Reimagining Still Life with Susan Jane Walp ’70
For two months last spring Susan Jane Walp ’70 was the artist-in-residence in the studio art department at Dartmouth College. Since the 1930s the program has been bringing artists to campus to give students an idea of what it is like to be a working artist. Walp was given a studio in Dartmouth’s new Black Family Visual Arts Center, a place to live, and an open invitation to take part in activities on campus. While there’s no formal teaching responsibility attached to being an artist-in-residence, Walp’s residency created plenty of opportunities to connect with students and members of the community. And, during April her work was exhibited at Dartmouth’s Jaffe-Friede Gallery in the Hopkins Center for the Arts, giving members of the community a chance to view a mini-retrospective of Walp’s intimate, still-life paintings.
An award-winning artist whose work is represented by the Tibor de Nagy Gallery in New York City, Walp’s connection to Dartmouth began in 1998. She joined the art department as a visiting professor and then served as lecturer until 2012. Returning to campus, she says, gave her the opportunity to focus on her work without distractions. “It’s a luxury for an artist to be away from the responsibilities of home,” says Walp. “It’s a special kind of retreat, to be with one’s work in ways that aren’t necessarily so easy when living in one’s own environment and daily life.”
Raised in an artistically inclined household and enrolled in art classes from an early age, Walp’s sophomore year at Mount Holyoke proved to be a pivotal moment in her life as an artist. After missing two-and-a-half months of spring semester due to illness, she was permitted to make up the missed credits by attending a summer painting program at Boston University’s School of Fine Arts at Tanglewood in Lenox, Massachusetts. Because the beginner class was full, she enrolled in the advanced class, taught by painter Lennart Anderson. The experience was transformative, for her health and for her confidence in her work. Finding inspiration in Anderson’s teaching, she would later use his methods of tonal painting in her own work.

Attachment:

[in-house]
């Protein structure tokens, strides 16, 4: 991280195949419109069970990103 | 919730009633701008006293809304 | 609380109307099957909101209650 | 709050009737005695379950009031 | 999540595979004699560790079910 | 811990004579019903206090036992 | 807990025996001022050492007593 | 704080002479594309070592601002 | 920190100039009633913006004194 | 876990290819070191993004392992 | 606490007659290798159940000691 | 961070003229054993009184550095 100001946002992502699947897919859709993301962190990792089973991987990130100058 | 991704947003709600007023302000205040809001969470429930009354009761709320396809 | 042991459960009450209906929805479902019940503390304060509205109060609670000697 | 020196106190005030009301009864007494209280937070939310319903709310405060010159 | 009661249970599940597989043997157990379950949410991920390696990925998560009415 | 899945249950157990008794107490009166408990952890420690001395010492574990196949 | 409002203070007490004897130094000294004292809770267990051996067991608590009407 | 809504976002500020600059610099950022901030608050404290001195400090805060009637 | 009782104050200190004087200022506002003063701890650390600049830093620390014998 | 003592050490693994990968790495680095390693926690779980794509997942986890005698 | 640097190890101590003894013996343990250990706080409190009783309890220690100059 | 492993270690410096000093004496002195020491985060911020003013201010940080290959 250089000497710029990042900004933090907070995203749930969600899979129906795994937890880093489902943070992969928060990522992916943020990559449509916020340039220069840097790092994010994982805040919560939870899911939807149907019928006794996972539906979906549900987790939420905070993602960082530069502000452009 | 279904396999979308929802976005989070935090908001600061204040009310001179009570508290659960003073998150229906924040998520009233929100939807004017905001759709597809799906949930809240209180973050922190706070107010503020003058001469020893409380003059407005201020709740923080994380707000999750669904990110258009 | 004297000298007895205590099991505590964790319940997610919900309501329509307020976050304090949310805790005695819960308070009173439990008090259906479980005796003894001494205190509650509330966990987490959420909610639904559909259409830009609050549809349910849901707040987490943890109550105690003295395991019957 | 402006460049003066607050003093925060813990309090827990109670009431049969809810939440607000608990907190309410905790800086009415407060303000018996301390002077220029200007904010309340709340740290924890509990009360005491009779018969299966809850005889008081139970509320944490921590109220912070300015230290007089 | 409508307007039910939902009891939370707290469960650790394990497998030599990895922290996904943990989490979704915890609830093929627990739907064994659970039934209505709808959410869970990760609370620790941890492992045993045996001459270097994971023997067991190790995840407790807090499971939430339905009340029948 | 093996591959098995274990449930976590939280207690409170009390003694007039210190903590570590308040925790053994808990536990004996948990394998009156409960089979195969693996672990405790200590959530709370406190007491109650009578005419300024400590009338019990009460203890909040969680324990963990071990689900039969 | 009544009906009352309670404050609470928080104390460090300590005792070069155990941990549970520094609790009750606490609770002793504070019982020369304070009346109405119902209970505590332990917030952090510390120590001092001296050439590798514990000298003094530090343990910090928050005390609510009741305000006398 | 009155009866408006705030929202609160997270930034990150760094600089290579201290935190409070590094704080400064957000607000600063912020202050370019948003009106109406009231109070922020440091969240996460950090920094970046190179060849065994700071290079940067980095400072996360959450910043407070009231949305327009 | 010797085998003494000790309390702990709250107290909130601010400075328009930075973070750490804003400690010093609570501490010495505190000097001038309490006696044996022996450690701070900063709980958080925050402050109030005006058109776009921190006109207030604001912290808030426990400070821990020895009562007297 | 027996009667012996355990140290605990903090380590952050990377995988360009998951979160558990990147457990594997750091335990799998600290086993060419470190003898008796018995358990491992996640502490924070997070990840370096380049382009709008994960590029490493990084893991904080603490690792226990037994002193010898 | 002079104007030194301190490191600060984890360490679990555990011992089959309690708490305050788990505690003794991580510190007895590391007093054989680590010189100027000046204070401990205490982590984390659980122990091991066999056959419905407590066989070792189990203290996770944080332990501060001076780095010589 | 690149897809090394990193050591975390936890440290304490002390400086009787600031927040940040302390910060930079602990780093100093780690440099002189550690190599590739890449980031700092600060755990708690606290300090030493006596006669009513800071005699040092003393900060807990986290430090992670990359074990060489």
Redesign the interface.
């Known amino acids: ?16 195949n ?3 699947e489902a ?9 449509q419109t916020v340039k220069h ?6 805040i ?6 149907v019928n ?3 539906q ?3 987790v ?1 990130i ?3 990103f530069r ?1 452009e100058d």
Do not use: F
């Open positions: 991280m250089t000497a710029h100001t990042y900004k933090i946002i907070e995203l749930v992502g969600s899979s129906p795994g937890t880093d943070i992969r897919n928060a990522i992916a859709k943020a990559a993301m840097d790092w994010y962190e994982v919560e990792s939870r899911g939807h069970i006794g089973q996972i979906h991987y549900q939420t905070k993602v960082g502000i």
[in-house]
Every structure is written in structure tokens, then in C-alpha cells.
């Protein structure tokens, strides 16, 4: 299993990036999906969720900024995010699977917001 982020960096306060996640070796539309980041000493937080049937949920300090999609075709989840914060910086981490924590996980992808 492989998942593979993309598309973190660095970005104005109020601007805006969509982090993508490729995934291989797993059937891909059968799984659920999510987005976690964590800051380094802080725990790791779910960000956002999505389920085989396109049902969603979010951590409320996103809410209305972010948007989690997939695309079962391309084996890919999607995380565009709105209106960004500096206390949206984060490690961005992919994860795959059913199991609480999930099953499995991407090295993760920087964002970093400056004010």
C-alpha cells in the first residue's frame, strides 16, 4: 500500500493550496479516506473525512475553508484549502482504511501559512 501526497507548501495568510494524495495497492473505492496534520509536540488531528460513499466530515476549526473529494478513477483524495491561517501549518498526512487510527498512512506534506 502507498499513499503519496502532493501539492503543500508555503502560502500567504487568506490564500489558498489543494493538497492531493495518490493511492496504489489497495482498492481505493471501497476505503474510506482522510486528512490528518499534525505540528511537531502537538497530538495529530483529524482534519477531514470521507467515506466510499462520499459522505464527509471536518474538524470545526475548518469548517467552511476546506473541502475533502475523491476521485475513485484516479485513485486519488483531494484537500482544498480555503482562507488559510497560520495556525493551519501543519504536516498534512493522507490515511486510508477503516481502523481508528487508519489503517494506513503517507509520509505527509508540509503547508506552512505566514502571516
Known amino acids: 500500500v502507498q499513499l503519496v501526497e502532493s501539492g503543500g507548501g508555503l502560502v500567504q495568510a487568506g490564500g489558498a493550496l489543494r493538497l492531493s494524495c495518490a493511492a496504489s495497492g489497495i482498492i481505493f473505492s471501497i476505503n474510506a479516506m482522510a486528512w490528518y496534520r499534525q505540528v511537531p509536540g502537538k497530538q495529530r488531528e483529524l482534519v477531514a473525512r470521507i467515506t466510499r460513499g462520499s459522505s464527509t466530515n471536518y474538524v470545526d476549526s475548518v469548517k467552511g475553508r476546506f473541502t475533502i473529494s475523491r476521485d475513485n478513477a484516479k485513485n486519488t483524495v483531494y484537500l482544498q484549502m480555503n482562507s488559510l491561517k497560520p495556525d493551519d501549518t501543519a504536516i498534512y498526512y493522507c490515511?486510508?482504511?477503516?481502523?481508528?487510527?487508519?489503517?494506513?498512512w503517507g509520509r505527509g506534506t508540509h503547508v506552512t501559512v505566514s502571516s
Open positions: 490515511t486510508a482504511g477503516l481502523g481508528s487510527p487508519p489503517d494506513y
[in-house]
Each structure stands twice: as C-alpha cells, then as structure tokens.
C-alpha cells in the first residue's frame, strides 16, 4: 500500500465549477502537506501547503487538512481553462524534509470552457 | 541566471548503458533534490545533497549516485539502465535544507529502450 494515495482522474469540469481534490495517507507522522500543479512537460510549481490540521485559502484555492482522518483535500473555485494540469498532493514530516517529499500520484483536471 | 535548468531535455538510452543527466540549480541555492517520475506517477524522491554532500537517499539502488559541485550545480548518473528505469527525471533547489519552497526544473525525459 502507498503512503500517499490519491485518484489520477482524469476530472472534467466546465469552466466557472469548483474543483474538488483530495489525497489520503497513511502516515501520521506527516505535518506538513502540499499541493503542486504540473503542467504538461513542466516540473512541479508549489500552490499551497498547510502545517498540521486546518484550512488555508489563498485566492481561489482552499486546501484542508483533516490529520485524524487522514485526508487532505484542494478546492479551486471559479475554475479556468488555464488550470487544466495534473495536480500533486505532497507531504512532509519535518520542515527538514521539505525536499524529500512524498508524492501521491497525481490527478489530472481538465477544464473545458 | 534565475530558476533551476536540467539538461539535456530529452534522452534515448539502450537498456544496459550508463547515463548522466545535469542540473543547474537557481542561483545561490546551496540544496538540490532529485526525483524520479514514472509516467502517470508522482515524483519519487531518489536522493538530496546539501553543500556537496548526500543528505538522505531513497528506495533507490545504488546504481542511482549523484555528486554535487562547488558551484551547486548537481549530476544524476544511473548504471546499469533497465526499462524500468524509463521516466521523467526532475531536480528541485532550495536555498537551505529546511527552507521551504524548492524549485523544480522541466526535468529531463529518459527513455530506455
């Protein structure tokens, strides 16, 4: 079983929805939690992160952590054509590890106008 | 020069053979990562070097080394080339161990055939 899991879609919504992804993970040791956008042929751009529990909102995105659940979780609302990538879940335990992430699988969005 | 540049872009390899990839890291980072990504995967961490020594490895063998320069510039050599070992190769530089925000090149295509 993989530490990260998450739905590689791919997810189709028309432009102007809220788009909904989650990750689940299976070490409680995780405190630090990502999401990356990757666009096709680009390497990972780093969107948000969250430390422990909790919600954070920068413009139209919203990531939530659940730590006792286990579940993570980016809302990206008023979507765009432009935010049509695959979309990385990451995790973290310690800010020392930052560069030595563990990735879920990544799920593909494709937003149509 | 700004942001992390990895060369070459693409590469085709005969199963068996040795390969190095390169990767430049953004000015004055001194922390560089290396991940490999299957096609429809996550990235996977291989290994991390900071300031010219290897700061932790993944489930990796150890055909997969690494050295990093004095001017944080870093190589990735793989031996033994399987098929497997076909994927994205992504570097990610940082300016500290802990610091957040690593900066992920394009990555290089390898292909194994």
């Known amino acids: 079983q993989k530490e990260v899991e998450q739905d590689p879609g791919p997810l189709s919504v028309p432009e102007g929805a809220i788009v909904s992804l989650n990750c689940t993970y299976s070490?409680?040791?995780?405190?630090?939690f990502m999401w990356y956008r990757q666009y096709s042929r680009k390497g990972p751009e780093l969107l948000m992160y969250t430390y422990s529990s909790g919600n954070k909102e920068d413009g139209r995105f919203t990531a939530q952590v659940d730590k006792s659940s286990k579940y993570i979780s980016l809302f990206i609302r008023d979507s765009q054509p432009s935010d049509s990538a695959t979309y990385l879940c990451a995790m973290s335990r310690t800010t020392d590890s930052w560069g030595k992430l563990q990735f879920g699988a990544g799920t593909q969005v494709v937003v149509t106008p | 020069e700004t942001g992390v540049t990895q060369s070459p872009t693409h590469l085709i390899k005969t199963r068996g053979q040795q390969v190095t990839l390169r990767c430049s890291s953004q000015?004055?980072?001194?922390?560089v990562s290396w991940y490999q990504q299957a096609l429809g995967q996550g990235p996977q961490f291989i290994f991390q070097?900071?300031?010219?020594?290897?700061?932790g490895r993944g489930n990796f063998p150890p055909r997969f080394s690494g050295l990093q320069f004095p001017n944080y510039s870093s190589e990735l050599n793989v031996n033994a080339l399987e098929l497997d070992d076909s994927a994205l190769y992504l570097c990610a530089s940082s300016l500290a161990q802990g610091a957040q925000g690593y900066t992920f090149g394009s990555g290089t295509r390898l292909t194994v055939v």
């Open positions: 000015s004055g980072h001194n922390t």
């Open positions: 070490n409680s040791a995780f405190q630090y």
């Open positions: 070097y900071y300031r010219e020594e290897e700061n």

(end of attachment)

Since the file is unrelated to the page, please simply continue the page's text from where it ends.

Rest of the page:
Like many Mount Holyoke art majors in the late sixties, Walp also took classes with renowned art professor Leonard DeLonga. “He was a great example and model of someone who dedicated their life to their work,” Walp says. “He gave me and many other students the inspiration to do just that.”
After she finished her studies, Walp began to explore larger narrative paintings that were semi-autobiographical in nature, primarily from her imagination. When that work “came to its natural end,” Walp started to work from observation, her original training. The first paintings she did during her first winter living in Vermont, where she has lived since 1985, were of single apples. “There was something so satisfying, calming, and healing about that experience of investigating a single form,” says Walp. “I slowly began to add more objects. I thought the turn to still life would be a temporary way to get my feet back on the ground, but now, more than thirty years later, the possibilities keep unfolding.”
To learn more about Walp and to view her work, visit susanjanewalp.com.
—By Jess Ayer
This article appeared as “Reimagining Still Life” in the summer 2017 issue of the Alumnae Quarterly.
July 14, 2017